More than 97 percent of Florida teachers earned one of the top two evaluation scores — “highly effective” or “effective” — according to preliminary statewide data released Wednesday.
The percentage of teachers earning the top rating increased for the second year in a row. More than 42 percent of teachers were rated “highly effective.” That’s up from 23 percent two years ago.
More than half of teachers were rated “effective.”
The ratings at the other end of the scale were virtually unchanged from last year. Teachers earning “needs improvement” were 1.3 percent of the state total, while three in 1,000 teachers were rated “unsatisfactory.”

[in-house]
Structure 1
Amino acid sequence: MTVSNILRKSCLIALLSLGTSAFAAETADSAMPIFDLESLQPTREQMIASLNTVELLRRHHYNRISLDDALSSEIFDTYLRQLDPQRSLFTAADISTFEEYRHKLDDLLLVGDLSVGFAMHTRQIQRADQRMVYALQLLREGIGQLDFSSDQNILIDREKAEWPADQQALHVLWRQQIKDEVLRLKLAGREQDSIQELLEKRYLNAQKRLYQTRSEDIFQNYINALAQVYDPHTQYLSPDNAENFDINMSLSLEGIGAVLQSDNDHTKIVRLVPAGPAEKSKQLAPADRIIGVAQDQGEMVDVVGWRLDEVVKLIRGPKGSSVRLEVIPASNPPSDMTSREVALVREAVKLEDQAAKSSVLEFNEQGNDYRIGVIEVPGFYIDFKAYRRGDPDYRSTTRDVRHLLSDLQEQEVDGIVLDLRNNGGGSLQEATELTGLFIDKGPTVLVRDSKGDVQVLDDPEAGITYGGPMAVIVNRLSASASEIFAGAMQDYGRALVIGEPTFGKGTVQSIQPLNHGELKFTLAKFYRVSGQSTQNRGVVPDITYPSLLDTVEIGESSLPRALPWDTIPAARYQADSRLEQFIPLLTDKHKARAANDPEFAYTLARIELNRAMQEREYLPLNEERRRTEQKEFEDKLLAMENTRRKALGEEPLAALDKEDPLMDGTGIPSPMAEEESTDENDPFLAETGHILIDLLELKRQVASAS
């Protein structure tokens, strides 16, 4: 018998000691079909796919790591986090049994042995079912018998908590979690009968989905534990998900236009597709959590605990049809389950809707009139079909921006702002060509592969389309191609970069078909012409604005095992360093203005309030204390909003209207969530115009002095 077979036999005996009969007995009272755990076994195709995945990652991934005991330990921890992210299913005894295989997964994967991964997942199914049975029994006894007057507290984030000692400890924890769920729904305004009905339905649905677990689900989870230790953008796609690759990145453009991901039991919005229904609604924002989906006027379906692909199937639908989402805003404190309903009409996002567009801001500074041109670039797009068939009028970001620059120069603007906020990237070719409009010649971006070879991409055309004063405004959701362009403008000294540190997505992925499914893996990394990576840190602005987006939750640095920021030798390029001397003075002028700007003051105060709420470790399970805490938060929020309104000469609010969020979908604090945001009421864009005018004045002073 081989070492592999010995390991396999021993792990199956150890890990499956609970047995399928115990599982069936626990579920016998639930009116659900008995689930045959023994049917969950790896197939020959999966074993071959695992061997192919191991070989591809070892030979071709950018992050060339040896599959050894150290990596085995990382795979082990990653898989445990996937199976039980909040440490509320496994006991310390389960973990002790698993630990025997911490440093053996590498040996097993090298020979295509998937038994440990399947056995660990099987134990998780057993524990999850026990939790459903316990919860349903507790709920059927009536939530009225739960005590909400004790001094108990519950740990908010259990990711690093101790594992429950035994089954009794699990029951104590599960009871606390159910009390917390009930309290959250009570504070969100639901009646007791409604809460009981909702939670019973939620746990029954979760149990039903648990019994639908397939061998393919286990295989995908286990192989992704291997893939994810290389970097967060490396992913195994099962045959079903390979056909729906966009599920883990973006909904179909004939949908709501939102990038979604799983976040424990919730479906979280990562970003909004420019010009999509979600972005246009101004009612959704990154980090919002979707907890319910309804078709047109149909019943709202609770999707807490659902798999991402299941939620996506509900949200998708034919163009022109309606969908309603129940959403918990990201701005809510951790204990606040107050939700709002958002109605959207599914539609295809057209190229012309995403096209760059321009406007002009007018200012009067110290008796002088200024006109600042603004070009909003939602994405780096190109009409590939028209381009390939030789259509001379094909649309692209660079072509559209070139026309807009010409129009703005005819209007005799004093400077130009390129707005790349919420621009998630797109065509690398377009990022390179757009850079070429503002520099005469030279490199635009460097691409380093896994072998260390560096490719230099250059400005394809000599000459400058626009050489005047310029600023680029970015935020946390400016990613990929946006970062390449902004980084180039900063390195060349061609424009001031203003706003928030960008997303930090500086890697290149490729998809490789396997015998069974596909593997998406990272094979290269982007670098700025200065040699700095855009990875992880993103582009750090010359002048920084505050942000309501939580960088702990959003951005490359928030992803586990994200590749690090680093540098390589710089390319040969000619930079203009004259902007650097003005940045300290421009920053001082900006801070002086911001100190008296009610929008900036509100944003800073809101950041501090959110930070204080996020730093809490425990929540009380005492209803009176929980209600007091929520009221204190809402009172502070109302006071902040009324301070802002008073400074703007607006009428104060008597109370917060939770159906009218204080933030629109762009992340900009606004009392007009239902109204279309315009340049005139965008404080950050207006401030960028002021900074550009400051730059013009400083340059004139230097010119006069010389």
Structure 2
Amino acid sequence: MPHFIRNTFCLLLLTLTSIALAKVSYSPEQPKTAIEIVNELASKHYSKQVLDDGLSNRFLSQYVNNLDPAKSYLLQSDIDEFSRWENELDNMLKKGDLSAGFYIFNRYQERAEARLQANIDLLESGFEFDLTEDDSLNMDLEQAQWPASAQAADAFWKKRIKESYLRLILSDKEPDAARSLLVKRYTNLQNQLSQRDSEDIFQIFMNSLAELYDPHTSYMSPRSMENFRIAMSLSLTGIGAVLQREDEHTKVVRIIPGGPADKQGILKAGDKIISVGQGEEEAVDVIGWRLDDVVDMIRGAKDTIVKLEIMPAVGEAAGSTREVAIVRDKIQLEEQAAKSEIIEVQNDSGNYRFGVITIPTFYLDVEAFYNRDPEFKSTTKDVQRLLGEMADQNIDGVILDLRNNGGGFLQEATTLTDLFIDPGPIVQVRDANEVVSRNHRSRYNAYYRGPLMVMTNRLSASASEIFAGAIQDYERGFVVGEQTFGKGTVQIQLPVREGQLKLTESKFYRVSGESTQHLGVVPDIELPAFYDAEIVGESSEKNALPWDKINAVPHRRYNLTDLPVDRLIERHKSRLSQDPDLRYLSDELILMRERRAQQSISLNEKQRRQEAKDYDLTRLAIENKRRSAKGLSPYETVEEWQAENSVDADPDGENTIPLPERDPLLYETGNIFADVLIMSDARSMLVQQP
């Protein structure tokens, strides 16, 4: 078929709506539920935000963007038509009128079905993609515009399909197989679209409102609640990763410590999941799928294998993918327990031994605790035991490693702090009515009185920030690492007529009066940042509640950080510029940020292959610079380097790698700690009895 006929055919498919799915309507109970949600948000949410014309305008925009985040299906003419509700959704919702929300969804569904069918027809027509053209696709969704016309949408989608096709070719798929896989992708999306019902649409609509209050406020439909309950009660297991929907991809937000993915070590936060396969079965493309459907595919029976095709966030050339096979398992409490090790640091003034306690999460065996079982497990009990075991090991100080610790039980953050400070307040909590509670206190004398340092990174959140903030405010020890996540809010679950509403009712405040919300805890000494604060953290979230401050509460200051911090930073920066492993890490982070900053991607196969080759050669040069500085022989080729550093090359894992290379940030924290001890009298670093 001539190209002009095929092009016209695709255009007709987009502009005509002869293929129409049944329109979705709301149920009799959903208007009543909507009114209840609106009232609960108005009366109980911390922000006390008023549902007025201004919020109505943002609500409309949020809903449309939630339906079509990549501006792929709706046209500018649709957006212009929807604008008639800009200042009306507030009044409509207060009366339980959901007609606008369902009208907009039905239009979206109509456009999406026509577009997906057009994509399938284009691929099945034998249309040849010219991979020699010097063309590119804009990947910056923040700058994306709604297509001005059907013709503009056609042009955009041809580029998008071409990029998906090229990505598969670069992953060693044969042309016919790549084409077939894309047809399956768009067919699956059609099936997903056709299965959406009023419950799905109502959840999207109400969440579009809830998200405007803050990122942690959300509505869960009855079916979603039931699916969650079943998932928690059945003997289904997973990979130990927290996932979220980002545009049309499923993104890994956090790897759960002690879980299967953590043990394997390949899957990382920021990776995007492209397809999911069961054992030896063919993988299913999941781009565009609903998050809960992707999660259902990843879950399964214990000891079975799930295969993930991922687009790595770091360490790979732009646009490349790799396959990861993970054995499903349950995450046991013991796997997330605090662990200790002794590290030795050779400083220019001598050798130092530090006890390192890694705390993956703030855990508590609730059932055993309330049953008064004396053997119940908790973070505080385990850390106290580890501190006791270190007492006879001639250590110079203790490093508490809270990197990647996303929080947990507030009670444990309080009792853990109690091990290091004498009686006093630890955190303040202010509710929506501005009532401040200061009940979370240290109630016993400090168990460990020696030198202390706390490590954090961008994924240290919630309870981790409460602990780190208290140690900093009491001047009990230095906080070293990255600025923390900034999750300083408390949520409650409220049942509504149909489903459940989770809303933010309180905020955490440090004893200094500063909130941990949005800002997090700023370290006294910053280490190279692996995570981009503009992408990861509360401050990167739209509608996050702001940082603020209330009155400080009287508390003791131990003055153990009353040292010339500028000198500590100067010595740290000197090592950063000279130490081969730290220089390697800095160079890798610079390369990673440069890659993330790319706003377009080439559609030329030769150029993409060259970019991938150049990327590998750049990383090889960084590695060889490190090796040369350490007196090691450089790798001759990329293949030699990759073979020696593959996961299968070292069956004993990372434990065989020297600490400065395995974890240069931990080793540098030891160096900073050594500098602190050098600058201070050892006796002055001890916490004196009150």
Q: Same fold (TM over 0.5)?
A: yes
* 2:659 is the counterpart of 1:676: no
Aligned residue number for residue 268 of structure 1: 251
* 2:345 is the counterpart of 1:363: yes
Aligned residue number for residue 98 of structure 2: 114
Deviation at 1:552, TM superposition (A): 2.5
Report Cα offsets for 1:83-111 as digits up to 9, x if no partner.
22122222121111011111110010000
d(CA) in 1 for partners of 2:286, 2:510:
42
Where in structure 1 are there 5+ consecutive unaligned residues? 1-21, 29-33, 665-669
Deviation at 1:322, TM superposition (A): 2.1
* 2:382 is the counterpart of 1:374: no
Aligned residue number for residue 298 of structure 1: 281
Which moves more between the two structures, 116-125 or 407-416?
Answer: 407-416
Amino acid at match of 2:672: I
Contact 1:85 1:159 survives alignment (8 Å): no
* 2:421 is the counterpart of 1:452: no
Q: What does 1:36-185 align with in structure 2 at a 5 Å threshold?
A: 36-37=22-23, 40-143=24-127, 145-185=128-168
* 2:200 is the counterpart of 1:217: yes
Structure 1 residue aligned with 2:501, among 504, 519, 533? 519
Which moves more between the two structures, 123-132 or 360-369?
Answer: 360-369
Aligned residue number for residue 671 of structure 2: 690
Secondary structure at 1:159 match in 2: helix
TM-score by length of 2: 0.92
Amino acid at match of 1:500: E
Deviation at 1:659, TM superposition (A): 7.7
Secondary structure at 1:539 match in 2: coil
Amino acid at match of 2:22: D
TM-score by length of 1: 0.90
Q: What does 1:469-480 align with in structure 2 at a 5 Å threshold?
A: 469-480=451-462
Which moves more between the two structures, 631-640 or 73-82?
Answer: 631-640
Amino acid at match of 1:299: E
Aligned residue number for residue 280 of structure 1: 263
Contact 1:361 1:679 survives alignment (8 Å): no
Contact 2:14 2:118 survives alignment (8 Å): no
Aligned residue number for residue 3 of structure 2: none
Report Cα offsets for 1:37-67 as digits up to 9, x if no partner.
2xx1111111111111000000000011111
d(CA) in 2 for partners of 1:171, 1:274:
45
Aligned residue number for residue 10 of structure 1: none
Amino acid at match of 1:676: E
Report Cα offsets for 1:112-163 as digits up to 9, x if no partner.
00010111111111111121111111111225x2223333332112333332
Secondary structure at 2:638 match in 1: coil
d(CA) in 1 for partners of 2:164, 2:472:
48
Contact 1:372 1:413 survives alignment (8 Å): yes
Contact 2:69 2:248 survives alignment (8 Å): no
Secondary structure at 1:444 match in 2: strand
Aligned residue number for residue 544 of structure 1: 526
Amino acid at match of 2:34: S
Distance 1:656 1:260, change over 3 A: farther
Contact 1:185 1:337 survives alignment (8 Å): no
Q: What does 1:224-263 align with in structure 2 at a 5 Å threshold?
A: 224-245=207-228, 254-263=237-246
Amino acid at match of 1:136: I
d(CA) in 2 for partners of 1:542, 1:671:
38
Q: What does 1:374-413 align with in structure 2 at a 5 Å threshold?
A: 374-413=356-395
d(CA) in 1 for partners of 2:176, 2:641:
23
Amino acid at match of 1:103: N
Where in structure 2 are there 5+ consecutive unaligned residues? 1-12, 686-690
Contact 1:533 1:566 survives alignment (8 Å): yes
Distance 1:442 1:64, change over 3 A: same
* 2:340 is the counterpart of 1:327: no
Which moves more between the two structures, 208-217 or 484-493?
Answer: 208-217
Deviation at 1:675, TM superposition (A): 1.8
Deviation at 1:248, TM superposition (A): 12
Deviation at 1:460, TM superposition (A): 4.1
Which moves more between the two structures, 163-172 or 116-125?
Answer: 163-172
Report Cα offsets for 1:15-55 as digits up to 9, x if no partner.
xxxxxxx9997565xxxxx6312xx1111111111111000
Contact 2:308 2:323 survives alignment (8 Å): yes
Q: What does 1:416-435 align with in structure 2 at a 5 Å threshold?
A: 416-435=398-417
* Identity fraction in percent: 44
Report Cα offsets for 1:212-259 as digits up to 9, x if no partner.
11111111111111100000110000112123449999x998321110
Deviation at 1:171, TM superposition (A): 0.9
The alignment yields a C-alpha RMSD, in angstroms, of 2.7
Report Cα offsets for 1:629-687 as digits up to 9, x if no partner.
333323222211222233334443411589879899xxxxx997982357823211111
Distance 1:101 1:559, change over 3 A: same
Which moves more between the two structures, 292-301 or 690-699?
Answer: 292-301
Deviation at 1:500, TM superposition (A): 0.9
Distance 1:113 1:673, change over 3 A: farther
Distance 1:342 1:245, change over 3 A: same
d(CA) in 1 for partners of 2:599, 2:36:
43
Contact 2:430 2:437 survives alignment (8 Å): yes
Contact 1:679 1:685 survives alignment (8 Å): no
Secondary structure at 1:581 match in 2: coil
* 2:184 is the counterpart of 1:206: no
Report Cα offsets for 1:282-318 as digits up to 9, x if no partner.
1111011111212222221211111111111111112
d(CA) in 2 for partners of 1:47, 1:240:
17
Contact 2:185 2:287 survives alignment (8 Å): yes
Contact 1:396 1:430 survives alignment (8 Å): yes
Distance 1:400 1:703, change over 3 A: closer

Nearly one in five teachers has yet to be evaluated.
The teacher ratings are based, in part, on student test scores and are required by a 2011 law. This is the third year Florida has released statewide data.
State law requires school districts to create evaluation systems based mostly on student improvement on state standardized tests. School districts could require more training and supervision for poorly-rated teachers and less supervision for highly-rated teachers.
Florida school districts have some flexibility in setting their evaluation systems, which contributes to the high percentage of “effective” and “highly effective” teachers. For more info on how the evaluations are calculated and what the ratings mean, check out this story.